Healthy beetroot
Covered cabbage and eaten cabbage
I feel we have little choice with everything getting so badly eaten, but I wish it wasn't needed. The fact is it is needed. We deliberately planted out excess cabbages alongside the covered ones and they have been eaten, with some plants completely gone. The idea was to be sacrificial, but they were probably just wasted.

Broad beans
The broad beans are doing very well. They are tall and straight and covered in flowers with some small beans beginning to grow. The cane and string supports are simple and encourage the plants to support each other which stops them breaking in the wind but also stops them breaking against a hard support too. There were a few black fly in the tops of some plants, so I nipped the tops off of all of them to get rid of the fly and force them to put their vigour into beans.

We put more slug pellets out - there were some huge slug trails around the plot. We took some spinach for later.

Monday, 18 June 2012

All out

The greenhouse is empty. We have not been robbed, we just put everything out that was still in there. In the past few years we have grown about four courgette plants and we've been overrun with them. Really nice as very fresh courgettes are, there's only so many we could eat and when our neighbours were not accepting them too we knew we had grown too many. this year we grew five plants and determined we would only plant the two best ones, which we did a few weeks ago. The three still in the green house have been watered and kept out of the cold and they have done much, much better than the two outside, even thought they have been constrained in their pots. Today we planted out the three from the green house, but we will pull up at least two when we know which ones do best.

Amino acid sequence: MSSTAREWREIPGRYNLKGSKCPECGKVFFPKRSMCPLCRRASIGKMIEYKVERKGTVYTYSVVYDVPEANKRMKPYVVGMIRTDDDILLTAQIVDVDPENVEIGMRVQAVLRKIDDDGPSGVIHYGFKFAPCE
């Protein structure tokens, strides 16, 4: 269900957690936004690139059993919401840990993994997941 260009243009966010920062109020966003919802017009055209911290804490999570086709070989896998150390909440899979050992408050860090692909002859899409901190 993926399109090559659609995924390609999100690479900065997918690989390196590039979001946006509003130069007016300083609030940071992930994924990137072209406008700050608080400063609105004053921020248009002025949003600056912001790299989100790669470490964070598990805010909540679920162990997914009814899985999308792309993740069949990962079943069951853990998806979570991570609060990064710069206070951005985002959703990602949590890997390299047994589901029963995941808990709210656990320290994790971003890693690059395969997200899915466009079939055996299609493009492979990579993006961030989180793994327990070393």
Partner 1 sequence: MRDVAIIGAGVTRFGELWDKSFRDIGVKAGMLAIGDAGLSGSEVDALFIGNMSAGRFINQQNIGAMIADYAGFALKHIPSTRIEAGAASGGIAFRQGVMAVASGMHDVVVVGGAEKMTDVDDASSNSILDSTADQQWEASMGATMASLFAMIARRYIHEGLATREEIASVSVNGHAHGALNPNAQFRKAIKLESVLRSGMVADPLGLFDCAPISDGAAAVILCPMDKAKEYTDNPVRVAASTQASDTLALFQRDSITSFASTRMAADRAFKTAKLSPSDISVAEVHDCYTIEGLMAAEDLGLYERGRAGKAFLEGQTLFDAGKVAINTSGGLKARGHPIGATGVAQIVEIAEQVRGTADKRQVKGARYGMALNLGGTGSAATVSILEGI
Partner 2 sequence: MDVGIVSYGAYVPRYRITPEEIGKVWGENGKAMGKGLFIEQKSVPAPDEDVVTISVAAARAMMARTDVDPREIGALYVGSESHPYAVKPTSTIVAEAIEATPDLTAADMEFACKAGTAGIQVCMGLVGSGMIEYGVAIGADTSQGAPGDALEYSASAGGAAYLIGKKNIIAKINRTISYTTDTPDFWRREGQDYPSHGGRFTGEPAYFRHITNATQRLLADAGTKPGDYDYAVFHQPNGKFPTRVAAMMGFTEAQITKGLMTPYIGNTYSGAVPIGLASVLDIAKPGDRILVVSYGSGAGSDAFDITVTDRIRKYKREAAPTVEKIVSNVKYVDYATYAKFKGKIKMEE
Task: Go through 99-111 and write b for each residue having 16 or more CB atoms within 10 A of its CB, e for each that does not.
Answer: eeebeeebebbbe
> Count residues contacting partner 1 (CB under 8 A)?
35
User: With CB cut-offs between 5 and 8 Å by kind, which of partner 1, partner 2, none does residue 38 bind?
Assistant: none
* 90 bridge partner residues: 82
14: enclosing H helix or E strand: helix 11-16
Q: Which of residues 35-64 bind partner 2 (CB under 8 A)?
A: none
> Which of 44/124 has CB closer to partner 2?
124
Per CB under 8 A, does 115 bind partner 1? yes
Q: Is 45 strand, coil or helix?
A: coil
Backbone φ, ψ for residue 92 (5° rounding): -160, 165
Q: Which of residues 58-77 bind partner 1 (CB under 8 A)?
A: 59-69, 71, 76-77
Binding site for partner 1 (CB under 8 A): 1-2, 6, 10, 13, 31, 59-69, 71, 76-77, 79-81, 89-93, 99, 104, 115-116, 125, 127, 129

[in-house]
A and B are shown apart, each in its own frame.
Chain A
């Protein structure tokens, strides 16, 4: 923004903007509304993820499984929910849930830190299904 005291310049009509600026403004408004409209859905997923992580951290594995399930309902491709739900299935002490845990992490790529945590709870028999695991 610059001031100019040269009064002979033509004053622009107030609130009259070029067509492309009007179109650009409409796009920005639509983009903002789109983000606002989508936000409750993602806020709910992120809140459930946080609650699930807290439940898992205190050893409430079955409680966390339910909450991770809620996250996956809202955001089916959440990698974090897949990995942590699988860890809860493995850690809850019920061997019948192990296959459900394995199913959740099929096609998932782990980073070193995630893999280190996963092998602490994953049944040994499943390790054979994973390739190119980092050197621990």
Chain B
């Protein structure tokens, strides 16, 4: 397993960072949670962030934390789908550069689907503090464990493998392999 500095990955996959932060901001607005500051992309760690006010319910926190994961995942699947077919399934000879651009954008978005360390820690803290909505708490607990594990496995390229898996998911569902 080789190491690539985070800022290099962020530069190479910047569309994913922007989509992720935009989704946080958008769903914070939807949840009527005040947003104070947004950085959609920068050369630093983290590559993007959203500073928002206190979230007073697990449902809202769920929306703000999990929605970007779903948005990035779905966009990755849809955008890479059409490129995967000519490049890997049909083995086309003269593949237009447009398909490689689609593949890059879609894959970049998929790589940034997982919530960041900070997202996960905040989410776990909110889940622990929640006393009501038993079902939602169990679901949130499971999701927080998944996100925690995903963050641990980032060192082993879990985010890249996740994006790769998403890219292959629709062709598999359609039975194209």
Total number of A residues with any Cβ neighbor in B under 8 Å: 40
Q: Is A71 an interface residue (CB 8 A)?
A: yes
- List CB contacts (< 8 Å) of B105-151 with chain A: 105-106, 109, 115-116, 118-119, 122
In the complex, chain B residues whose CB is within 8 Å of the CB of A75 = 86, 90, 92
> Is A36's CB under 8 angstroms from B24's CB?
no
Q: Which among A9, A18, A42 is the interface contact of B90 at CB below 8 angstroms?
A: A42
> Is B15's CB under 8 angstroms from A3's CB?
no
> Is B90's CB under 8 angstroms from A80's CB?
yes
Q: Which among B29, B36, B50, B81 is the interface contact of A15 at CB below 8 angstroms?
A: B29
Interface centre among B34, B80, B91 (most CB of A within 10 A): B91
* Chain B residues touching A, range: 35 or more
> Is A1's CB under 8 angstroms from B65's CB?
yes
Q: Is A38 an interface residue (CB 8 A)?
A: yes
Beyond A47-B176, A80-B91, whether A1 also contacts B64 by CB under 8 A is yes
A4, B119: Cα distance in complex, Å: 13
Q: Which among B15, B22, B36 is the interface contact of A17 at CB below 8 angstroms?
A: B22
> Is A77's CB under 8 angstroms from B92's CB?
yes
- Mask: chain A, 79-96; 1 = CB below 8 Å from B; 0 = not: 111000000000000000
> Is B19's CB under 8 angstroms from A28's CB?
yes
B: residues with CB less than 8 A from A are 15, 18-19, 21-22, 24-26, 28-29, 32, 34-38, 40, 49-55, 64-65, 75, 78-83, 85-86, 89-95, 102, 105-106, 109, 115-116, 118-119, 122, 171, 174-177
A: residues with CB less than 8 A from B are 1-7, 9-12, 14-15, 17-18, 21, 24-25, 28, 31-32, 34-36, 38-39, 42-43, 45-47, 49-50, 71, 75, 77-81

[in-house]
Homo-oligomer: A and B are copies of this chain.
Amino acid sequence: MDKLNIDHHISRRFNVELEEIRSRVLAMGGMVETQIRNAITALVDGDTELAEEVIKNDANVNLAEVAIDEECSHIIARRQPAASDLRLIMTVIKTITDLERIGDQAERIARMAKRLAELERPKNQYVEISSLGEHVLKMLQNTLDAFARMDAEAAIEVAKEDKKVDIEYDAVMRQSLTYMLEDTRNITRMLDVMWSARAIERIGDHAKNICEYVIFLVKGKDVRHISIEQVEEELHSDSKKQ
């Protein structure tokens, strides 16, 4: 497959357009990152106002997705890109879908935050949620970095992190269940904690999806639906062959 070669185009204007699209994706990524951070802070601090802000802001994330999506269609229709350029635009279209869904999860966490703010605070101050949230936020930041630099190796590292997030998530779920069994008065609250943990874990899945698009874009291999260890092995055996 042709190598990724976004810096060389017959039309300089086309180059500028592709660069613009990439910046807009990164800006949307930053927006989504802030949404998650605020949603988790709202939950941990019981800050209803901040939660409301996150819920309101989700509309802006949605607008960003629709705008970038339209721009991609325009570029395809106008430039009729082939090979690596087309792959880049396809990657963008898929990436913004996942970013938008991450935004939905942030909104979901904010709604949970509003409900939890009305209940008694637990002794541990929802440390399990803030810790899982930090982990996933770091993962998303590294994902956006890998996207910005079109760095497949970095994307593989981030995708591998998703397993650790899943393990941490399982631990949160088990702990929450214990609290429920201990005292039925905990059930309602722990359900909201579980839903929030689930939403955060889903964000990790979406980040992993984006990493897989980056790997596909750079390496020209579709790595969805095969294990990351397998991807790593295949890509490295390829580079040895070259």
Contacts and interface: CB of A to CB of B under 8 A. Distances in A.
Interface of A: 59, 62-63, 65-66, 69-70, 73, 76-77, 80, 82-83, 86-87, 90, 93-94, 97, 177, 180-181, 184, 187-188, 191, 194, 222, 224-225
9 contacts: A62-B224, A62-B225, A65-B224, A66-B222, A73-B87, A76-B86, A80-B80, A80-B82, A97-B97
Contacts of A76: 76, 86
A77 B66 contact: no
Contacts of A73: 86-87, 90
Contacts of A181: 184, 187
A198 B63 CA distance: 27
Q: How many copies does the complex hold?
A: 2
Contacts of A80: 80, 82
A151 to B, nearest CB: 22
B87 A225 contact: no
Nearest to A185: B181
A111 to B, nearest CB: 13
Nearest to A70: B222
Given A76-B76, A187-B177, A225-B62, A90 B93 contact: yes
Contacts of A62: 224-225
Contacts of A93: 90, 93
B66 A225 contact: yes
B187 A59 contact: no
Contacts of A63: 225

We also planted out the remaining mange touts. They too looked as good in their pots as the ones previously planted out. We have had some damage to the ones outside where they have grown through the mesh covering and been eaten, probably by birds. Last year partridges scoffed the lot, so today I built a plastic mesh cover propped up on canes. The plants are well away from the mesh, so, hopefully, the birds won't get close to our peas. It might be a nuisance to uncover to pick the pods, but we'll see.

We also planted out the cabbages that Gary gave us to replace the ones razed by birds. I made a plastic mesh tunnel supported by wire hoops and held in place with tent pegs. We had a few extra cabbages left over, so we planted them out in the open to see how long they last and as a kind of offering to the pigeons. The pact is they can have them if they leave everything else alone, but I don't expect they will understand that.

A few strawberries have been nibbled - I suspect slugs. I put down some bark chippings around the plants, but I think I need more, and more slug pellets too. There are no berries looking ripe yet, but lots of small green ones so if we can keep the slugs off we should get a good crop.